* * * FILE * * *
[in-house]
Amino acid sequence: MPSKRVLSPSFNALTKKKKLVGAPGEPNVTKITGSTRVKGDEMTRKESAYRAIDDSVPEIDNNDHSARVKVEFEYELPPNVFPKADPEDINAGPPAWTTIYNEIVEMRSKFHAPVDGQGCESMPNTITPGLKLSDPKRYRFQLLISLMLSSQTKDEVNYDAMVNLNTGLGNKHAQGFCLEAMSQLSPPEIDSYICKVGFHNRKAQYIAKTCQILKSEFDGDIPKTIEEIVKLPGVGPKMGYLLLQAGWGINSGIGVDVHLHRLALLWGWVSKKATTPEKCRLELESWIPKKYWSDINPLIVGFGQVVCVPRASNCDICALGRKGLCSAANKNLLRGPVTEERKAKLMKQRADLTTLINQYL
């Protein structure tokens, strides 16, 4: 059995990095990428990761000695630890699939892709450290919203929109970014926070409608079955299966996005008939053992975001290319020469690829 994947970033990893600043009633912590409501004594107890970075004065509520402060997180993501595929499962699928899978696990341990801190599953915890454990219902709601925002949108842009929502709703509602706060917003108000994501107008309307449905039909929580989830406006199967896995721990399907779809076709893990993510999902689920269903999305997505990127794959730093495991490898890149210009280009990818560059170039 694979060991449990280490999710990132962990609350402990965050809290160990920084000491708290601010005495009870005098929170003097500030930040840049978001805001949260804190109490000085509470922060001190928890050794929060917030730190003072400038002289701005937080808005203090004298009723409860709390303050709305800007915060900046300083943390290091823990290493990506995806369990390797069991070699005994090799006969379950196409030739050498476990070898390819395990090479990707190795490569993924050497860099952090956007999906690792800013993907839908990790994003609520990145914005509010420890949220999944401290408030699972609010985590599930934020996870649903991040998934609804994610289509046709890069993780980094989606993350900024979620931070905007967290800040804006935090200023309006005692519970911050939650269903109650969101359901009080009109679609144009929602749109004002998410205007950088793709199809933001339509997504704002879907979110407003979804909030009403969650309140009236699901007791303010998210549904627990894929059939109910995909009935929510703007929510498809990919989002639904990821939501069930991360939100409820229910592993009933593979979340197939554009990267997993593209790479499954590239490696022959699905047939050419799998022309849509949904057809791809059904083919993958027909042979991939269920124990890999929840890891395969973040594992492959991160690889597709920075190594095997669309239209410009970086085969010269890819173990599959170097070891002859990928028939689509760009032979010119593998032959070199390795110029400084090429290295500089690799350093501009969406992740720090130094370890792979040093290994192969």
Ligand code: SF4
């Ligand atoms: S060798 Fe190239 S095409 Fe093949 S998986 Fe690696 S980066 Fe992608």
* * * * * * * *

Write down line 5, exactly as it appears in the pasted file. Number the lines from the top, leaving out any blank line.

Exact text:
């Ligand atoms: S060798 Fe190239 S095409 Fe093949 S998986 Fe690696 S980066 Fe992608």